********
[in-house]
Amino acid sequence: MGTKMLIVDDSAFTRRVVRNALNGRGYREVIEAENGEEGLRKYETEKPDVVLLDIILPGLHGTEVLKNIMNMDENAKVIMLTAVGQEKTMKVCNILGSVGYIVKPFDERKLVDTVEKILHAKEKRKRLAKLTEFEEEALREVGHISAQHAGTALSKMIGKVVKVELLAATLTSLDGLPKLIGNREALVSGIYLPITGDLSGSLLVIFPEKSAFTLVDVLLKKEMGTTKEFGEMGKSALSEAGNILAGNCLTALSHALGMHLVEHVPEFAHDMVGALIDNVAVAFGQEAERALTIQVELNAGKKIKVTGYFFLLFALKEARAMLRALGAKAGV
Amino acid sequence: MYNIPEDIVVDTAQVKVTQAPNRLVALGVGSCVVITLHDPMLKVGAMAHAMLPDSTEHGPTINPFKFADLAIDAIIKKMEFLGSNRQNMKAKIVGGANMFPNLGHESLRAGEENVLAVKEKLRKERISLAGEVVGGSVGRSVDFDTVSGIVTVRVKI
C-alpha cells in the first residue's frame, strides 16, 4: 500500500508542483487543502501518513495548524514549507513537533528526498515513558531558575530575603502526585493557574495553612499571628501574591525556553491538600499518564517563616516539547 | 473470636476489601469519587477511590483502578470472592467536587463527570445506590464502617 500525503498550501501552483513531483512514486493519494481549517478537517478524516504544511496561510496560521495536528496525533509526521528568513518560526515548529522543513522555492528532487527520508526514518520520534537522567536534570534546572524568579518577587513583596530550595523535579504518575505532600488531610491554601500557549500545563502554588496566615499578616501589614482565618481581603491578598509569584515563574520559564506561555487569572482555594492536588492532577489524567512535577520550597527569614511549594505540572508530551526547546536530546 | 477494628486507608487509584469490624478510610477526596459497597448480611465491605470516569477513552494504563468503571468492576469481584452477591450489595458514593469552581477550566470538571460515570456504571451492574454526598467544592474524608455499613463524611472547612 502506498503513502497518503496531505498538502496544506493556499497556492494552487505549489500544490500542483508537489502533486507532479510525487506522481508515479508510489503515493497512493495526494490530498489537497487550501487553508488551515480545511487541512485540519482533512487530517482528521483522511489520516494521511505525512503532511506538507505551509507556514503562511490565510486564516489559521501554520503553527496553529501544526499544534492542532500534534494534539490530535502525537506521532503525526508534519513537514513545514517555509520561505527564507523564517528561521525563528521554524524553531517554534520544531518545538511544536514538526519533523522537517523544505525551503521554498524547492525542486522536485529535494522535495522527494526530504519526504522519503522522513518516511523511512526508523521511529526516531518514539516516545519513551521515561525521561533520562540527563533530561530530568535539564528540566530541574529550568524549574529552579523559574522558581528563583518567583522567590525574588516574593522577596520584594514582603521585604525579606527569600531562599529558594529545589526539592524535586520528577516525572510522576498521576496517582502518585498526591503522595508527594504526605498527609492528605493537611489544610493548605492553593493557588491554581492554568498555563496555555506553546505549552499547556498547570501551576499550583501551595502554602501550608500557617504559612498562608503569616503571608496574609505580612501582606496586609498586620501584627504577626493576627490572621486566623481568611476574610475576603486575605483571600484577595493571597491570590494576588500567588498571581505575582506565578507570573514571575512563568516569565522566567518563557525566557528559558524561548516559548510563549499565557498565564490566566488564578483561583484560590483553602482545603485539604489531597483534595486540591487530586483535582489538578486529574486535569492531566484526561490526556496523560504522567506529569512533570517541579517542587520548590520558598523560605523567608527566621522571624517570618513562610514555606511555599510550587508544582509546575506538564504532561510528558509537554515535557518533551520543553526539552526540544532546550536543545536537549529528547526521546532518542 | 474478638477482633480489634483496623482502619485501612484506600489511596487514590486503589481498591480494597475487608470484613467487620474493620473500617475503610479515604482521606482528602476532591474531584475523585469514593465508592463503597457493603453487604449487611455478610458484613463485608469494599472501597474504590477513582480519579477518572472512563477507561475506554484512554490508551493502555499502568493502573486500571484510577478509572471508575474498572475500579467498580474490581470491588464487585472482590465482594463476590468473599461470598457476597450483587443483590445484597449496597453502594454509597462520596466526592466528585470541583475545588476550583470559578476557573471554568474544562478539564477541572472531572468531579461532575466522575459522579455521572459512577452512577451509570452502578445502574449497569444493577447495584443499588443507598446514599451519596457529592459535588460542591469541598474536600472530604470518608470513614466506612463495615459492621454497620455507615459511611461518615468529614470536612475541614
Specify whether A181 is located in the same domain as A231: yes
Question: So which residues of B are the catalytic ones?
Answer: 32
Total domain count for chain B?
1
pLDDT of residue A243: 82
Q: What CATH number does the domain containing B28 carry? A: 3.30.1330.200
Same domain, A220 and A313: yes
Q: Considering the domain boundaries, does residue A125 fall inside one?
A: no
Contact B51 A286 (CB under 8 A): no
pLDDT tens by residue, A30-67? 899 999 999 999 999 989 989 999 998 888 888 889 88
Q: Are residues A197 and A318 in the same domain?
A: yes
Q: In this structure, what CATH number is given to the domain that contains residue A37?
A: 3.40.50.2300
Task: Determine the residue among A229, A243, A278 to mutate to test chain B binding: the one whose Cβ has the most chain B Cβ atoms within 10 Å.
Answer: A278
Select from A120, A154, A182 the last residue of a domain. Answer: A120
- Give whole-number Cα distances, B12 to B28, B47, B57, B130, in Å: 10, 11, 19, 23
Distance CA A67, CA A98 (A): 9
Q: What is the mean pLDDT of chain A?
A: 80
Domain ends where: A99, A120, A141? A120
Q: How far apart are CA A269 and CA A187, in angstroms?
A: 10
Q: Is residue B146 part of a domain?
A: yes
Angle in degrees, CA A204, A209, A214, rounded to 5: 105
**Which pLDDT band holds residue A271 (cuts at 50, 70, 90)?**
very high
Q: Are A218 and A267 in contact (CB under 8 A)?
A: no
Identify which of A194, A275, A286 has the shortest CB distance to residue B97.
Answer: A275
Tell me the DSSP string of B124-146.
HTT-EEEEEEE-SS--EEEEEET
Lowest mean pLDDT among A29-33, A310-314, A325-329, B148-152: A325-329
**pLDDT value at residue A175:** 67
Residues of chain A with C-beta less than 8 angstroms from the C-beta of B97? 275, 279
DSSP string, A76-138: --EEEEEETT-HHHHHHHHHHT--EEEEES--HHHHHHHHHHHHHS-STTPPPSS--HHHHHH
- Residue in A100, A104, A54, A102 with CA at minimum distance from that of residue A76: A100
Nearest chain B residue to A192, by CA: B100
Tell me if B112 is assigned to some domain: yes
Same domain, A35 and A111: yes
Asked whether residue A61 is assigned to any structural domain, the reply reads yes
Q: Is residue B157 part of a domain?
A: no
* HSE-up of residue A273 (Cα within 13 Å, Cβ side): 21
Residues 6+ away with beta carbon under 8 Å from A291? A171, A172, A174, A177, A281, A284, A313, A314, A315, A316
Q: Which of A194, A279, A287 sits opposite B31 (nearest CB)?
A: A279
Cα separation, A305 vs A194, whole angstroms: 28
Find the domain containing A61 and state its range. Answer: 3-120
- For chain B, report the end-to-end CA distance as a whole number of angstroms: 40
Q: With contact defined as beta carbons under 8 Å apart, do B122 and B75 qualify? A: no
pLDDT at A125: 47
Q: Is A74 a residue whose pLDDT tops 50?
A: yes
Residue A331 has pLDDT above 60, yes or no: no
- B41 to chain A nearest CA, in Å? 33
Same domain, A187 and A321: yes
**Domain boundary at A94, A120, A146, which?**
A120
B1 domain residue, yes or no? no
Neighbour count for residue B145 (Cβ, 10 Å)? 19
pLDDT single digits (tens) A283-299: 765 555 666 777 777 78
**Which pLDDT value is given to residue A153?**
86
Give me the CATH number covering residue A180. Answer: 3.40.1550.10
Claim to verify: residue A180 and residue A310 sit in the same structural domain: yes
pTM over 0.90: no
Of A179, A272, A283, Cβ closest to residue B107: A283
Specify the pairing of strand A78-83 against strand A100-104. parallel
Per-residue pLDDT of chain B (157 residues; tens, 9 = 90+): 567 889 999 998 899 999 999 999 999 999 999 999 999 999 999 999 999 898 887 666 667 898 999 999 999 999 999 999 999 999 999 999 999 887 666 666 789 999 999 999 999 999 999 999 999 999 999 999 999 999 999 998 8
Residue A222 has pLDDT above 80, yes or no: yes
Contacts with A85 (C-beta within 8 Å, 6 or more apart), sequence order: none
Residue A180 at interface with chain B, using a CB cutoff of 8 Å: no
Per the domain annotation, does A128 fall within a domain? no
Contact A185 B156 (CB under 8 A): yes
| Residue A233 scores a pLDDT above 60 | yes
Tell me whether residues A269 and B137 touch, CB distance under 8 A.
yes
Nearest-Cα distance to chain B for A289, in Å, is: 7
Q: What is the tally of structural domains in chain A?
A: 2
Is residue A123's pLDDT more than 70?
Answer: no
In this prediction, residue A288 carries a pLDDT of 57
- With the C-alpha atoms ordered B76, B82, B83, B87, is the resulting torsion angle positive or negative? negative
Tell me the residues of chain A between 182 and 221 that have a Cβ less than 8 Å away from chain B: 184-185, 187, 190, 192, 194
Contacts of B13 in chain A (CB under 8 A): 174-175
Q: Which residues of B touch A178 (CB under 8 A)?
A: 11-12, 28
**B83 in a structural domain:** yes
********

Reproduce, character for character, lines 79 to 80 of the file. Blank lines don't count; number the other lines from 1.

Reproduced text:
Per-residue pLDDT of chain B (157 residues; tens, 9 = 90+): 567 889 999 998 899 999 999 999 999 999 999 999 999 999 999 999 999 898 887 666 667 898 999 999 999 999 999 999 999 999 999 999 999 887 666 666 789 999 999 999 999 999 999 999 999 999 999 999 999 999 999 998 8
Residue A222 has pLDDT above 80, yes or no: yes